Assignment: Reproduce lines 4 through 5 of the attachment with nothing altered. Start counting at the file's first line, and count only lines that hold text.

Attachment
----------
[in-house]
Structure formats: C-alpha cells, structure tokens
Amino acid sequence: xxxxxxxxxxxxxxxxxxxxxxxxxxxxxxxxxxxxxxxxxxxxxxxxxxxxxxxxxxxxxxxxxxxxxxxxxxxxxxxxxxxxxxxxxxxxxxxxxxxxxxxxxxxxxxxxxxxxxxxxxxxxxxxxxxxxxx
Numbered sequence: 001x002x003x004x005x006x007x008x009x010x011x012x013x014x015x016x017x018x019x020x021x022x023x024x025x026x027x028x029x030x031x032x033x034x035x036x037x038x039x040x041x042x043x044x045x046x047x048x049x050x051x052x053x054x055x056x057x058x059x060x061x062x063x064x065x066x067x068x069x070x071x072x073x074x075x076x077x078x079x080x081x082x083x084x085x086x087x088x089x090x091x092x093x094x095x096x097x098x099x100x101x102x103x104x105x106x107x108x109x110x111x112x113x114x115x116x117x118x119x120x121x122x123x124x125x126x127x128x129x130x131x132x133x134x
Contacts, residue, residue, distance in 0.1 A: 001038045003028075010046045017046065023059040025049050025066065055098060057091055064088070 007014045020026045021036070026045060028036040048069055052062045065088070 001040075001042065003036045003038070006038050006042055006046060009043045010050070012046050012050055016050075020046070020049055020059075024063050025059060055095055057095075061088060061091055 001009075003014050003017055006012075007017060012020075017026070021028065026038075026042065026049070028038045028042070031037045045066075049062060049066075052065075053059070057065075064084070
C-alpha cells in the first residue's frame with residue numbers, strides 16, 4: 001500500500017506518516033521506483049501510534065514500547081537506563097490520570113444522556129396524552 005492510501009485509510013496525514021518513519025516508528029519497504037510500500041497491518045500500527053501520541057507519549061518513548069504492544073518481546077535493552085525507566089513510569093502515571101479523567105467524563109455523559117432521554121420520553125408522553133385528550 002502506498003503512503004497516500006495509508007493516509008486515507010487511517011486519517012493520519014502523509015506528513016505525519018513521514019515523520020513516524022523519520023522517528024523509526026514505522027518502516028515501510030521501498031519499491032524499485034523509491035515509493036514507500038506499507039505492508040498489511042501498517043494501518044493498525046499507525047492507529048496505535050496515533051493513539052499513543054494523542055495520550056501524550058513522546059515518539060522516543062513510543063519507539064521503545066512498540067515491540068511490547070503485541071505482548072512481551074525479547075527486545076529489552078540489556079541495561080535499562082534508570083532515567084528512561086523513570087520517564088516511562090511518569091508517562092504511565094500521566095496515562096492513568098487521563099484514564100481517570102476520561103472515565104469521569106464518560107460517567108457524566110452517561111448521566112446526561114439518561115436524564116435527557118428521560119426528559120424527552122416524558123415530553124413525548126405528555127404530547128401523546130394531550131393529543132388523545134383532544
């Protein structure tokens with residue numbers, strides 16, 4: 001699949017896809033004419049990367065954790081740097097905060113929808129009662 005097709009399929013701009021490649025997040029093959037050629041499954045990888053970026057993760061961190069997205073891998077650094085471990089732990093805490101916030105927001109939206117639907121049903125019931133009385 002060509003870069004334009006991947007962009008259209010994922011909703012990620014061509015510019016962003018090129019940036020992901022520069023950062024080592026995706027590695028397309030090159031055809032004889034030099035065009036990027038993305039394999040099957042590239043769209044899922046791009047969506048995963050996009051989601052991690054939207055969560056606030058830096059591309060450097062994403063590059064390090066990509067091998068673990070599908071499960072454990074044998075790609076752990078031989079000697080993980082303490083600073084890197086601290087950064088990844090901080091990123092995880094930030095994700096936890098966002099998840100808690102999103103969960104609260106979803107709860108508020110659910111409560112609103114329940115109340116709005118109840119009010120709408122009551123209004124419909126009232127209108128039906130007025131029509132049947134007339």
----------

Numbered sequence: 001x002x003x004x005x006x007x008x009x010x011x012x013x014x015x016x017x018x019x020x021x022x023x024x025x026x027x028x029x030x031x032x033x034x035x036x037x038x039x040x041x042x043x044x045x046x047x048x049x050x051x052x053x054x055x056x057x058x059x060x061x062x063x064x065x066x067x068x069x070x071x072x073x074x075x076x077x078x079x080x081x082x083x084x085x086x087x088x089x090x091x092x093x094x095x096x097x098x099x100x101x102x103x104x105x106x107x108x109x110x111x112x113x114x115x116x117x118x119x120x121x122x123x124x125x126x127x128x129x130x131x132x133x134x
Contacts, residue, residue, distance in 0.1 A: 001038045003028075010046045017046065023059040025049050025066065055098060057091055064088070 007014045020026045021036070026045060028036040048069055052062045065088070 001040075001042065003036045003038070006038050006042055006046060009043045010050070012046050012050055016050075020046070020049055020059075024063050025059060055095055057095075061088060061091055 001009075003014050003017055006012075007017060012020075017026070021028065026038075026042065026049070028038045028042070031037045045066075049062060049066075052065075053059070057065075064084070